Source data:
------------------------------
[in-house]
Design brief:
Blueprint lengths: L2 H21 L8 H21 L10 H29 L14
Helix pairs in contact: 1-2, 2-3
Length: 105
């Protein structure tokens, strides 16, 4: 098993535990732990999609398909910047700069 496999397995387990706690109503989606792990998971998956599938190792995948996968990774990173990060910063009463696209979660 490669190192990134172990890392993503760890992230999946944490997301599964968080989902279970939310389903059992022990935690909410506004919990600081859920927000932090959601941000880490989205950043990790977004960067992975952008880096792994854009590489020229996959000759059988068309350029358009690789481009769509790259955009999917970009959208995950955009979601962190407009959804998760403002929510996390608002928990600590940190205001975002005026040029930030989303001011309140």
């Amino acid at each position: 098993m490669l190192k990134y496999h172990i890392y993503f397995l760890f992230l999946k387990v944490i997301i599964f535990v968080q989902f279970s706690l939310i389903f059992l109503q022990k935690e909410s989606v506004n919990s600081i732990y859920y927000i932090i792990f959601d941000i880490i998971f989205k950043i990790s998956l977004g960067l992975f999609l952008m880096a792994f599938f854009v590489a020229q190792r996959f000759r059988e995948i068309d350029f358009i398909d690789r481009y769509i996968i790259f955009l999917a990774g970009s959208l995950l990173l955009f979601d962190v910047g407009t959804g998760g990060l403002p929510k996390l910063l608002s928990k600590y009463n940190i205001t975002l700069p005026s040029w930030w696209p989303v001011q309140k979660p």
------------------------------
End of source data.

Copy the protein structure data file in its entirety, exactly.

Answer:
[in-house]
Design brief:
Blueprint lengths: L2 H21 L8 H21 L10 H29 L14
Helix pairs in contact: 1-2, 2-3
Length: 105
């Protein structure tokens, strides 16, 4: 098993535990732990999609398909910047700069 496999397995387990706690109503989606792990998971998956599938190792995948996968990774990173990060910063009463696209979660 490669190192990134172990890392993503760890992230999946944490997301599964968080989902279970939310389903059992022990935690909410506004919990600081859920927000932090959601941000880490989205950043990790977004960067992975952008880096792994854009590489020229996959000759059988068309350029358009690789481009769509790259955009999917970009959208995950955009979601962190407009959804998760403002929510996390608002928990600590940190205001975002005026040029930030989303001011309140």
């Amino acid at each position: 098993m490669l190192k990134y496999h172990i890392y993503f397995l760890f992230l999946k387990v944490i997301i599964f535990v968080q989902f279970s706690l939310i389903f059992l109503q022990k935690e909410s989606v506004n919990s600081i732990y859920y927000i932090i792990f959601d941000i880490i998971f989205k950043i990790s998956l977004g960067l992975f999609l952008m880096a792994f599938f854009v590489a020229q190792r996959f000759r059988e995948i068309d350029f358009i398909d690789r481009y769509i996968i790259f955009l999917a990774g970009s959208l995950l990173l955009f979601d962190v910047g407009t959804g998760g990060l403002p929510k996390l910063l608002s928990k600590y009463n940190i205001t975002l700069p005026s040029w930030w696209p989303v001011q309140k979660p």